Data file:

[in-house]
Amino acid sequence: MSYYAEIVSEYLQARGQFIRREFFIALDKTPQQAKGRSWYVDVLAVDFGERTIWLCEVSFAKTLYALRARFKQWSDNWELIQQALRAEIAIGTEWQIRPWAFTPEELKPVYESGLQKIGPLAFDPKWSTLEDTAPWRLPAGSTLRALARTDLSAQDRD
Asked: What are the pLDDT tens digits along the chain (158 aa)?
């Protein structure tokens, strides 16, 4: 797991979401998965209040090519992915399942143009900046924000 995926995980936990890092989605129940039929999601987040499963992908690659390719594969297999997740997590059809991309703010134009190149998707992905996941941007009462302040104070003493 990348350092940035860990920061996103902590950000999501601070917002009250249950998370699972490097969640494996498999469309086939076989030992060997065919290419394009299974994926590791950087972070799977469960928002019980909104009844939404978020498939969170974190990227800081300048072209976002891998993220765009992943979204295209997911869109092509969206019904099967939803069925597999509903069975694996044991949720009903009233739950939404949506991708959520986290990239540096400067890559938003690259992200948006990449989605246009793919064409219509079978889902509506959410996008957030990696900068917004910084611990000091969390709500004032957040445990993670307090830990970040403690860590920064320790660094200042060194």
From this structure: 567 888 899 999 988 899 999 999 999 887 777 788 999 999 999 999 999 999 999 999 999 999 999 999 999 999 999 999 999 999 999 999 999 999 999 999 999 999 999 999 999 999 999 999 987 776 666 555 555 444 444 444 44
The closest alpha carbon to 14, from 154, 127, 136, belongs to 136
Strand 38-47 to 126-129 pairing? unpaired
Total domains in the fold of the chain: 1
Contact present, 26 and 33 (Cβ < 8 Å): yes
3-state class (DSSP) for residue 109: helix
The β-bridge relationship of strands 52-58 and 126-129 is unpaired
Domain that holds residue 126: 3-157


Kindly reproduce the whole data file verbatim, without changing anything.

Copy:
[in-house]
Amino acid sequence: MSYYAEIVSEYLQARGQFIRREFFIALDKTPQQAKGRSWYVDVLAVDFGERTIWLCEVSFAKTLYALRARFKQWSDNWELIQQALRAEIAIGTEWQIRPWAFTPEELKPVYESGLQKIGPLAFDPKWSTLEDTAPWRLPAGSTLRALARTDLSAQDRD
Asked: What are the pLDDT tens digits along the chain (158 aa)?
């Protein structure tokens, strides 16, 4: 797991979401998965209040090519992915399942143009900046924000 995926995980936990890092989605129940039929999601987040499963992908690659390719594969297999997740997590059809991309703010134009190149998707992905996941941007009462302040104070003493 990348350092940035860990920061996103902590950000999501601070917002009250249950998370699972490097969640494996498999469309086939076989030992060997065919290419394009299974994926590791950087972070799977469960928002019980909104009844939404978020498939969170974190990227800081300048072209976002891998993220765009992943979204295209997911869109092509969206019904099967939803069925597999509903069975694996044991949720009903009233739950939404949506991708959520986290990239540096400067890559938003690259992200948006990449989605246009793919064409219509079978889902509506959410996008957030990696900068917004910084611990000091969390709500004032957040445990993670307090830990970040403690860590920064320790660094200042060194």
From this structure: 567 888 899 999 988 899 999 999 999 887 777 788 999 999 999 999 999 999 999 999 999 999 999 999 999 999 999 999 999 999 999 999 999 999 999 999 999 999 999 999 999 999 999 999 987 776 666 555 555 444 444 444 44
The closest alpha carbon to 14, from 154, 127, 136, belongs to 136
Strand 38-47 to 126-129 pairing? unpaired
Total domains in the fold of the chain: 1
Contact present, 26 and 33 (Cβ < 8 Å): yes
3-state class (DSSP) for residue 109: helix
The β-bridge relationship of strands 52-58 and 126-129 is unpaired
Domain that holds residue 126: 3-157